TRENTON – New Jersey employers added 15,400 jobs in May, lowering the state’s unemployment rate to 8.6 percent. Even with the latest decrease, New Jersey’s unemployment rate is still a full percentage point higher than the national rate. However, in January, New Jersey’s unemployment rate stood at 9.5 percent.
Based on more complete reporting from employers, previously released April estimates were revised lower, down by 2,400, to show an over-the-month (March – April) total nonfarm employment gain of 900 jobs. Preliminary estimates had initially indicated an over-the-month gain of 3,300 jobs.
Private sector employers have added 66,800 jobs in the Garden State over the past year (May 2012 – May 2013), according to data released by the United States Bureau of Labor Statistics. Since February 2010, the recessionary low point for private sector employment, private sector employment has increased by 145,100 jobs.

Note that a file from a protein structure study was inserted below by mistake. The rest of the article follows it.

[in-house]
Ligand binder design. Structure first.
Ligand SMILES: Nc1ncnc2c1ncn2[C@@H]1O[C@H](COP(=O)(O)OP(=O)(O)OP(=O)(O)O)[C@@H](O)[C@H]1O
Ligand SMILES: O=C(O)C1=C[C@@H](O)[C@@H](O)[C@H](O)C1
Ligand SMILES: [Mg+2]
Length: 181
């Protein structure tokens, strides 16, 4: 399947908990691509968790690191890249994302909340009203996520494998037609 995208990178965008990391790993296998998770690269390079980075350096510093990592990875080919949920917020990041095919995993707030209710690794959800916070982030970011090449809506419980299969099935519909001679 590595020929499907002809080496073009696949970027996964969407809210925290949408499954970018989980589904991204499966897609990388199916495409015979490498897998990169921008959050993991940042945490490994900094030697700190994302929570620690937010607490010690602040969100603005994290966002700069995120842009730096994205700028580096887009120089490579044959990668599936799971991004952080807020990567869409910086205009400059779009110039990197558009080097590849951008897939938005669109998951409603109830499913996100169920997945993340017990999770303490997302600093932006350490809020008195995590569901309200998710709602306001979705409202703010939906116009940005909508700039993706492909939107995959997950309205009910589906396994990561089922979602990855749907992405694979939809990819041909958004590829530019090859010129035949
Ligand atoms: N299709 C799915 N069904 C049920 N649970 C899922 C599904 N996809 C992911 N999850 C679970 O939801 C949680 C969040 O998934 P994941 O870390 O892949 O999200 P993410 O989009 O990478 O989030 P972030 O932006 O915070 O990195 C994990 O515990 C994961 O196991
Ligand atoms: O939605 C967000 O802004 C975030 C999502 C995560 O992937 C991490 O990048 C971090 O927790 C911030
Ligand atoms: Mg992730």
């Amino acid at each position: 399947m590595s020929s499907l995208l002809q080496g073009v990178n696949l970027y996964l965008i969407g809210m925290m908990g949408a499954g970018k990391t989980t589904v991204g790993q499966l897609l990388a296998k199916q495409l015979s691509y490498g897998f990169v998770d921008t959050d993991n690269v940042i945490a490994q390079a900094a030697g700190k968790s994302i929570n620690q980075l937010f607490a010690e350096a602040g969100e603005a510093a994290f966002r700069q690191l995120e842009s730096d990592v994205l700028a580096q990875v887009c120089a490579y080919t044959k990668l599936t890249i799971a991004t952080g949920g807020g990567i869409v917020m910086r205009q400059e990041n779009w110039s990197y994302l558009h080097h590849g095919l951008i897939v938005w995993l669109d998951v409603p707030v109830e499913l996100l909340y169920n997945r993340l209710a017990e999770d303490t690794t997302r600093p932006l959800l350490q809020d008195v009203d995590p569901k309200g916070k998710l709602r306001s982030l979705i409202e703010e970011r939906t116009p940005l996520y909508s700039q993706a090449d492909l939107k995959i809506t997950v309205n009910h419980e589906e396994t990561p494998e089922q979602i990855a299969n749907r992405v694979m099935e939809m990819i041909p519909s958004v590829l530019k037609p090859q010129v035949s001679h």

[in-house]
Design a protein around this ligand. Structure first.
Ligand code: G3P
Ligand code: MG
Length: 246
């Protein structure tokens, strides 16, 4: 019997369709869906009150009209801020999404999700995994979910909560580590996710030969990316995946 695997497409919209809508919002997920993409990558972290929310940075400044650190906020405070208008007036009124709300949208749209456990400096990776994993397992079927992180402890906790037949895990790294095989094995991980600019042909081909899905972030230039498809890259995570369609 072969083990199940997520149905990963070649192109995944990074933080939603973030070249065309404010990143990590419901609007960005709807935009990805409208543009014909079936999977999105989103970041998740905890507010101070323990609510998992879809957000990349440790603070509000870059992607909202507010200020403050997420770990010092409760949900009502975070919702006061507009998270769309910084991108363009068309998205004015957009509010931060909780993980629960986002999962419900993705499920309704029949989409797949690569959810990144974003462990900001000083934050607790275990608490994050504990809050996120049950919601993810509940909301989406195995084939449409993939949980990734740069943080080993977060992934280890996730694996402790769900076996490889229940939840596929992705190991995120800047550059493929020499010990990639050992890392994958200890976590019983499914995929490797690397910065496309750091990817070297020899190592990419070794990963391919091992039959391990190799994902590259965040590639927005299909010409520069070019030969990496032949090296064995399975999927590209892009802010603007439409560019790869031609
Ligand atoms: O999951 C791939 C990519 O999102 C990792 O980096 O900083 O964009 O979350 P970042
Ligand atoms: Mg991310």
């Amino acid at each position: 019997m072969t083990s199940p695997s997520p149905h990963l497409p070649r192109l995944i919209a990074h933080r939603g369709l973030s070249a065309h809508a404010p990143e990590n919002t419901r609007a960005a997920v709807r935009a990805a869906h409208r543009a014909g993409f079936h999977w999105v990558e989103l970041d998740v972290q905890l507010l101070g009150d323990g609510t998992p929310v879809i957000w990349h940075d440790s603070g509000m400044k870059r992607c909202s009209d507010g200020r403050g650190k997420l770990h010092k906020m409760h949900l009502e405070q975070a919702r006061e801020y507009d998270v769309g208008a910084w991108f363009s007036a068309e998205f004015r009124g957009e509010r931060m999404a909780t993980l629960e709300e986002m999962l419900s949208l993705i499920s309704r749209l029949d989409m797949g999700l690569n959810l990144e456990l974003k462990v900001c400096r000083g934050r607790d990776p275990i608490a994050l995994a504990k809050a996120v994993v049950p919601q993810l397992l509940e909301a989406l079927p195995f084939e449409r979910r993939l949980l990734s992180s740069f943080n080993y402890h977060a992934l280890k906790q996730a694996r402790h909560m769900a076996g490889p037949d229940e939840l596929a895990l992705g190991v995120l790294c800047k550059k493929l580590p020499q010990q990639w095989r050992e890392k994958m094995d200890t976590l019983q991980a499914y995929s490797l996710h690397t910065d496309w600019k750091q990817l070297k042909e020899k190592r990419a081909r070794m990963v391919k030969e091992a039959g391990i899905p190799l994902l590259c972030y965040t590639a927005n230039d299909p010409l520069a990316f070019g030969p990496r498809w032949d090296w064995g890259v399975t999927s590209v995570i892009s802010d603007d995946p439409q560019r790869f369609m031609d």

“New Jersey’s labor market is clearly getting healthier, with continuing gains in employment and jobs, and the unemployment rate on a downtrend. In May, for the second time in the last three months, we have seen noticeably faster job growth than the nation as a whole,” said Charles Steindel, Chief Economist for the New Jersey Department of Treasury. “This report shows both a large overall increase in jobs and gains in most industries, showing the growing depth of the state’s recovery. In particular, construction employment seems to be moving up, possibly reflecting both Sandy rebuilding and the general recovery in housing.”
In May, private sector job gains were posted in seven of nine major industry sectors in New Jersey. Industries with significant job growth included: professional and business services (+5,500), education and health services (+4,500), trade, transportation, and utilities (+4,200), and construction (+1,500).
Gains also were recorded in leisure and hospitality (+400), other services (+300), and information (100). Job contraction occurred in manufacturing (-900) and financial activities (-200). Public sector employment in May was down by 1,100. Gains at the local (+2,600) and federal (+100) government levels were offset by a decrease in state government (-3,800).
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